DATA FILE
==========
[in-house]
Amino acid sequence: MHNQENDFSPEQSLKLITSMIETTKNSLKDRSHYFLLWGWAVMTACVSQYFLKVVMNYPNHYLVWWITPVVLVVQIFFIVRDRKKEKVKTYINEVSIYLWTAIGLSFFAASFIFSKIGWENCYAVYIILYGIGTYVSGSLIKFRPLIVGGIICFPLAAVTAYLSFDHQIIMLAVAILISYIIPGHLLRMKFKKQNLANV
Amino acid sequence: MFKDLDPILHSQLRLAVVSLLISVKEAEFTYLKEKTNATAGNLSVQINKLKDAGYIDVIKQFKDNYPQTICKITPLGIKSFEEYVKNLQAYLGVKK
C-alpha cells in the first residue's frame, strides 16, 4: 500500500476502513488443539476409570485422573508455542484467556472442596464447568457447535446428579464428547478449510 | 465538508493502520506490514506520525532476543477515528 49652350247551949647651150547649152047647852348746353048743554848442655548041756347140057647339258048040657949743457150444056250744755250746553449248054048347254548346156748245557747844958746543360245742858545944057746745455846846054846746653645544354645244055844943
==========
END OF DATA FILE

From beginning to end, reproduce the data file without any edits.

[in-house]
Amino acid sequence: MHNQENDFSPEQSLKLITSMIETTKNSLKDRSHYFLLWGWAVMTACVSQYFLKVVMNYPNHYLVWWITPVVLVVQIFFIVRDRKKEKVKTYINEVSIYLWTAIGLSFFAASFIFSKIGWENCYAVYIILYGIGTYVSGSLIKFRPLIVGGIICFPLAAVTAYLSFDHQIIMLAVAILISYIIPGHLLRMKFKKQNLANV
Amino acid sequence: MFKDLDPILHSQLRLAVVSLLISVKEAEFTYLKEKTNATAGNLSVQINKLKDAGYIDVIKQFKDNYPQTICKITPLGIKSFEEYVKNLQAYLGVKK
C-alpha cells in the first residue's frame, strides 16, 4: 500500500476502513488443539476409570485422573508455542484467556472442596464447568457447535446428579464428547478449510 | 465538508493502520506490514506520525532476543477515528 49652350247551949647651150547649152047647852348746353048743554848442655548041756347140057647339258048040657949743457150444056250744755250746553449248054048347254548346156748245557747844958746543360245742858545944057746745455846846054846746653645544354645244055844943